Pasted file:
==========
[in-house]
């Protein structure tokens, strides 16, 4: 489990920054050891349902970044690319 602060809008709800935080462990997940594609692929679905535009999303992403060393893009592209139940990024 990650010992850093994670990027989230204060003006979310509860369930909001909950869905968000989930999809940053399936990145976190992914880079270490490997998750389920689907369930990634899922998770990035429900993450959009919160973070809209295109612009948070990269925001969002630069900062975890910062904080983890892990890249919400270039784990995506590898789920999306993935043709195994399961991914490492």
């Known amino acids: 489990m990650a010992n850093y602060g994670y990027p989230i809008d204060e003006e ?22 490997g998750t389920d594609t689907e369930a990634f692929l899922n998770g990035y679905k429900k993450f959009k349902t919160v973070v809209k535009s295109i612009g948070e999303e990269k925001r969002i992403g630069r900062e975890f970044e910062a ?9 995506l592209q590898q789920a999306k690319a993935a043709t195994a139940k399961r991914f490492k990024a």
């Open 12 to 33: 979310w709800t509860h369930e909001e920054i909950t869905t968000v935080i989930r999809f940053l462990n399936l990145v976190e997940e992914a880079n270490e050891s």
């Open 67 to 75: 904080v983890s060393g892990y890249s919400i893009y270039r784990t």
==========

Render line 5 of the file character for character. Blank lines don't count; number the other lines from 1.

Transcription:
């Open 67 to 75: 904080v983890s060393g892990y890249s919400i893009y270039r784990t």